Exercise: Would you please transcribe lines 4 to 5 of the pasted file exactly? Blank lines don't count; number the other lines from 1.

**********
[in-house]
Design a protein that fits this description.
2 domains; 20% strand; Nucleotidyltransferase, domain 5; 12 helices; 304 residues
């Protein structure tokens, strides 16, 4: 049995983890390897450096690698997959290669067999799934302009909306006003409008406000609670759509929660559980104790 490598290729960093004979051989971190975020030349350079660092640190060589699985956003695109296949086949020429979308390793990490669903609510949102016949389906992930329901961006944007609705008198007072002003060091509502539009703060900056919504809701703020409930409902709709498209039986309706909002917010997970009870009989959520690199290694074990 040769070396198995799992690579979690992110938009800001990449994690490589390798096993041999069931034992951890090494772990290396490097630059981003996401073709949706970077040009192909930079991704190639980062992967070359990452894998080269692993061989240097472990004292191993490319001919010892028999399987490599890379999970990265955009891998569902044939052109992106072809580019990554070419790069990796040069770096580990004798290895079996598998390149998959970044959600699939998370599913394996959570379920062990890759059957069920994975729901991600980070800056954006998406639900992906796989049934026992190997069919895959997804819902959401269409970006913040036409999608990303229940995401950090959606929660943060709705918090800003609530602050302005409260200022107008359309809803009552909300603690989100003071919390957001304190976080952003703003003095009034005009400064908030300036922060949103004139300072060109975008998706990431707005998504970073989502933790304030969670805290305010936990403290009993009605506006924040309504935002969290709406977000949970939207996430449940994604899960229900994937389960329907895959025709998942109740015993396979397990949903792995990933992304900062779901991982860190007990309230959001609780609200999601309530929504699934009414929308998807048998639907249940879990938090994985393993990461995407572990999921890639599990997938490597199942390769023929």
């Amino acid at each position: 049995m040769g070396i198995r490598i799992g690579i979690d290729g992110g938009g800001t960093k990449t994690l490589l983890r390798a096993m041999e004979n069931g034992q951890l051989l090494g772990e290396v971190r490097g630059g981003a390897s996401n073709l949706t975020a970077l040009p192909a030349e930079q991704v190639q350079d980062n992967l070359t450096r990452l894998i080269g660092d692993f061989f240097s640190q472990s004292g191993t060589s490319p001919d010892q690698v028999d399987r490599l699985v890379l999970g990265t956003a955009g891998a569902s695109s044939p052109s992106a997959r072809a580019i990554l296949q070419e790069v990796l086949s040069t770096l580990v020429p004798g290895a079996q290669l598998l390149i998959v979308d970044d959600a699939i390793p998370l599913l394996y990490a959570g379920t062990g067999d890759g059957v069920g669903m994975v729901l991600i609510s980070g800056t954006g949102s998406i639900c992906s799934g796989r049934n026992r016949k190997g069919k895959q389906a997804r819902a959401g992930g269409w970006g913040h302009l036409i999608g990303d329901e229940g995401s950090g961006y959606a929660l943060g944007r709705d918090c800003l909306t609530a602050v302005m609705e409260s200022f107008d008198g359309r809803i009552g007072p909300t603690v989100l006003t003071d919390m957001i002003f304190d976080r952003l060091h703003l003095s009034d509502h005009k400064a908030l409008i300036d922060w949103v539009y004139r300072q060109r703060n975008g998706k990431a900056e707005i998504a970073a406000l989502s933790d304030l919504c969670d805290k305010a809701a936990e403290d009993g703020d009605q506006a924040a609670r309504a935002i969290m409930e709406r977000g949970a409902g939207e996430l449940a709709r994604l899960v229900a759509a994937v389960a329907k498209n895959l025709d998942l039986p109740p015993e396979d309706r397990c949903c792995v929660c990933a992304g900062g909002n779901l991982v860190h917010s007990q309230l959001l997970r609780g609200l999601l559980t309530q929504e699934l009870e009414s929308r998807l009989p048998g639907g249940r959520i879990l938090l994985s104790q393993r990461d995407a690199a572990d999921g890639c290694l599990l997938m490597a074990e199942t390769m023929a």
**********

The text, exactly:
């Protein structure tokens, strides 16, 4: 049995983890390897450096690698997959290669067999799934302009909306006003409008406000609670759509929660559980104790 490598290729960093004979051989971190975020030349350079660092640190060589699985956003695109296949086949020429979308390793990490669903609510949102016949389906992930329901961006944007609705008198007072002003060091509502539009703060900056919504809701703020409930409902709709498209039986309706909002917010997970009870009989959520690199290694074990 040769070396198995799992690579979690992110938009800001990449994690490589390798096993041999069931034992951890090494772990290396490097630059981003996401073709949706970077040009192909930079991704190639980062992967070359990452894998080269692993061989240097472990004292191993490319001919010892028999399987490599890379999970990265955009891998569902044939052109992106072809580019990554070419790069990796040069770096580990004798290895079996598998390149998959970044959600699939998370599913394996959570379920062990890759059957069920994975729901991600980070800056954006998406639900992906796989049934026992190997069919895959997804819902959401269409970006913040036409999608990303229940995401950090959606929660943060709705918090800003609530602050302005409260200022107008359309809803009552909300603690989100003071919390957001304190976080952003703003003095009034005009400064908030300036922060949103004139300072060109975008998706990431707005998504970073989502933790304030969670805290305010936990403290009993009605506006924040309504935002969290709406977000949970939207996430449940994604899960229900994937389960329907895959025709998942109740015993396979397990949903792995990933992304900062779901991982860190007990309230959001609780609200999601309530929504699934009414929308998807048998639907249940879990938090994985393993990461995407572990999921890639599990997938490597199942390769023929």
């Amino acid at each position: 049995m040769g070396i198995r490598i799992g690579i979690d290729g992110g938009g800001t960093k990449t994690l490589l983890r390798a096993m041999e004979n069931g034992q951890l051989l090494g772990e290396v971190r490097g630059g981003a390897s996401n073709l949706t975020a970077l040009p192909a030349e930079q991704v190639q350079d980062n992967l070359t450096r990452l894998i080269g660092d692993f061989f240097s640190q472990s004292g191993t060589s490319p001919d010892q690698v028999d399987r490599l699985v890379l999970g990265t956003a955009g891998a569902s695109s044939p052109s992106a997959r072809a580019i990554l296949q070419e790069v990796l086949s040069t770096l580990v020429p004798g290895a079996q290669l598998l390149i998959v979308d970044d959600a699939i390793p998370l599913l394996y990490a959570g379920t062990g067999d890759g059957v069920g669903m994975v729901l991600i609510s980070g800056t954006g949102s998406i639900c992906s799934g796989r049934n026992r016949k190997g069919k895959q389906a997804r819902a959401g992930g269409w970006g913040h302009l036409i999608g990303d329901e229940g995401s950090g961006y959606a929660l943060g944007r709705d918090c800003l909306t609530a602050v302005m609705e409260s200022f107008d008198g359309r809803i009552g007072p909300t603690v989100l006003t003071d919390m957001i002003f304190d976080r952003l060091h703003l003095s009034d509502h005009k400064a908030l409008i300036d922060w949103v539009y004139r300072q060109r703060n975008g998706k990431a900056e707005i998504a970073a406000l989502s933790d304030l919504c969670d805290k305010a809701a936990e403290d009993g703020d009605q506006a924040a609670r309504a935002i969290m409930e709406r977000g949970a409902g939207e996430l449940a709709r994604l899960v229900a759509a994937v389960a329907k498209n895959l025709d998942l039986p109740p015993e396979d309706r397990c949903c792995v929660c990933a992304g900062g909002n779901l991982v860190h917010s007990q309230l959001l997970r609780g609200l999601l559980t309530q929504e699934l009870e009414s929308r998807l009989p048998g639907g249940r959520i879990l938090l994985s104790q393993r990461d995407a690199a572990d999921g890639c290694l599990l997938m490597a074990e199942t390769m023929a």